• However, a number of studies have challenged the predictions of the double-deficit hypothesis by challenging a) the independence of RAN and phonological awareness for predicting reading, b) the distinction of double-deficit and single-deficit groups, and c) the stability of group composition. There are many reasons for contradictory findings, for example, related to orthographies and methodologies used.

Can naming speed be improved?

  • In one study (Fugate, 1997), 1st grade students in a letter-training (or comparison) group were compared. In the letter-training condition, each student received individual training and was provided with practice in letter naming (drill tasks in naming individual letters on flashcards). The letter-training group exhibited higher letter naming speed and oral reading fluency immediately post-test relative to the comparison group; however, there were no significant differences at follow-up.
  • In another study (Conrad & Levy, 2011), Grade 1 or Grade 2 students were assigned to one of three groups: orthographic pattern training followed by letter naming training, letter naming training followed by orthographic training, or control (mathematics instruction). Letter naming speed improved only when the letter naming training followed the orthographic training; thus, promoting students’ orthographic awareness may help them to develop more efficient letter naming skills.
  • The positive effect of an early literacy intervention programme on English-speaking kindergarten students’ phonemic awareness, letter naming speed, and word level reading skills has been identified (Nelson et al, 2005). The intervention programme comprised 25 lessons and targeted letter knowledge, phonemic awareness skills, understanding sentences, and rapid naming. Thus, a broad-based intervention that addresses emergent literacy skills (including naming speed training) can improve letter naming speed and reading skills in young at-risk students.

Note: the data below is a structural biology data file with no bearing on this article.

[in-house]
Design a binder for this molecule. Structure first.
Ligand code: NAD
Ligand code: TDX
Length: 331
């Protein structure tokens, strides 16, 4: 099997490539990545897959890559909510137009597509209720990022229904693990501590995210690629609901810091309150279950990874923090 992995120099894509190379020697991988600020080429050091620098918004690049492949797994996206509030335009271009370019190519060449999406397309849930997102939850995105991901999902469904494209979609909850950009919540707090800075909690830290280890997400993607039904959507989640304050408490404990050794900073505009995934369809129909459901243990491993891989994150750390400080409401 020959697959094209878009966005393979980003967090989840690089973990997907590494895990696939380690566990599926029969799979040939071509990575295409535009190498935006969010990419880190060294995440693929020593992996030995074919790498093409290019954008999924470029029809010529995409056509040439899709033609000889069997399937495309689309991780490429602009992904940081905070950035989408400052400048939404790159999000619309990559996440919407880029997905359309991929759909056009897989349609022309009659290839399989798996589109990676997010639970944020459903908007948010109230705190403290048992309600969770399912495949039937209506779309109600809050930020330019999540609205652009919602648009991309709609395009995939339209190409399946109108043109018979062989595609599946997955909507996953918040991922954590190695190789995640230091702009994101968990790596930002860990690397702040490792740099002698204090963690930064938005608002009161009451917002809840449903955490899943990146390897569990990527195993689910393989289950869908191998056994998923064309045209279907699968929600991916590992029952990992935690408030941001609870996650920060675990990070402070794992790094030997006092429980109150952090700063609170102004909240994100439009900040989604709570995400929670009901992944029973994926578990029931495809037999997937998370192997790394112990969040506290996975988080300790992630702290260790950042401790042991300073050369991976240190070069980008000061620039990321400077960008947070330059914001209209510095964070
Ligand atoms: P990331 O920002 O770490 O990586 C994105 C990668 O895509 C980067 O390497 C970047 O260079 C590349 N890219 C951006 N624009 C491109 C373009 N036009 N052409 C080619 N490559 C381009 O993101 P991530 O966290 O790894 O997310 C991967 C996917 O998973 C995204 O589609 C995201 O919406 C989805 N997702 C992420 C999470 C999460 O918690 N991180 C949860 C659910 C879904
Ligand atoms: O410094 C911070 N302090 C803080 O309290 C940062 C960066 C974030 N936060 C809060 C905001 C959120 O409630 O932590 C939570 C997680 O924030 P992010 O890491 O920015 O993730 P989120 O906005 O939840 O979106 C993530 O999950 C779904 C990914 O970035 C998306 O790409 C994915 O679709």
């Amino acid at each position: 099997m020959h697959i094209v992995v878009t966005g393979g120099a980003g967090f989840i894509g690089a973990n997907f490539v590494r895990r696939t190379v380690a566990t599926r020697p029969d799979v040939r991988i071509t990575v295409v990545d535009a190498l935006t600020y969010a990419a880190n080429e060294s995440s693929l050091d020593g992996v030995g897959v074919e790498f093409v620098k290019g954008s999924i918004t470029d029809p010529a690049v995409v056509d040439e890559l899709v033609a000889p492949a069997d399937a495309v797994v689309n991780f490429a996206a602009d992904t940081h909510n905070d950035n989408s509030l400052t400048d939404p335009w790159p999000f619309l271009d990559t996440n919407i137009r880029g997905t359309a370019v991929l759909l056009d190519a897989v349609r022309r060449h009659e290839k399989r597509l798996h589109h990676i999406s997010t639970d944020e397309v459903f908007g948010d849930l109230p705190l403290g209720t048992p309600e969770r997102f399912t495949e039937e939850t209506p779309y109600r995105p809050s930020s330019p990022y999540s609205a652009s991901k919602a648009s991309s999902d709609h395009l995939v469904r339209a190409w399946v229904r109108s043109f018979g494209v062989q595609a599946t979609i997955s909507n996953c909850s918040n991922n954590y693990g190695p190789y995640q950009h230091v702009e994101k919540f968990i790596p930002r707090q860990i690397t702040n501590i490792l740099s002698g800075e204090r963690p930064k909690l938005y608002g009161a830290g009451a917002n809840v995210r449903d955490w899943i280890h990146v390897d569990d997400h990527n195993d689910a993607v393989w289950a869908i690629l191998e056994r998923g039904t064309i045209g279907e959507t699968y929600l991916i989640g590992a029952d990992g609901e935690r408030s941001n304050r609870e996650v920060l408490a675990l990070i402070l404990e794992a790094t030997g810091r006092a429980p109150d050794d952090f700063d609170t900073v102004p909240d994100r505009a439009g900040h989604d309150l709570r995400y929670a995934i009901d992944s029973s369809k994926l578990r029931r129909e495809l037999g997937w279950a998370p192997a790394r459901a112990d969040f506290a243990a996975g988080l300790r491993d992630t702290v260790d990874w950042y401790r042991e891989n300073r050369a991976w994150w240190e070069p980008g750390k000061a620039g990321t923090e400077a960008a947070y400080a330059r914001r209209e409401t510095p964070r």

• Overall, studies suggest that naming speed is difficult to improve, and that students can improve in reading skills without accompanying improvements in naming speed.
  • There is no evidence that improvement in phonological awareness improves naming speed.
  • Several studies (e.g. Nelson et al, 2003) have demonstrated that slow naming speed is associated with a less positive response to reading instruction, independent of other characteristics such as behaviour and phonemic awareness.
  • Students with slow naming speed may require more extensive instruction in word reading.
  • Action video games can improve processing speed.


  • Naming speed measures help to identify students with (or at risk of developing) serious reading difficulties or disabilities.
  • It is important to be able to diagnose the source of the problems so that instruction can be tailored to address the specific difficulties.
  • Naming speed is phonological, but it is also related to orthographic processing. In addition, it is related to general processing speed, but continues to predict reading after the latter is controlled. Other factors (such as working memory and other executive functions) may be involved.
  • Current research indicates that students with slow naming speed are less likely to respond well to regular classroom and remedial instruction.
  • It is not yet clear what form of remedial instruction students with slow naming speed require, although preliminary evidence suggests that multicomponent interventions are successful.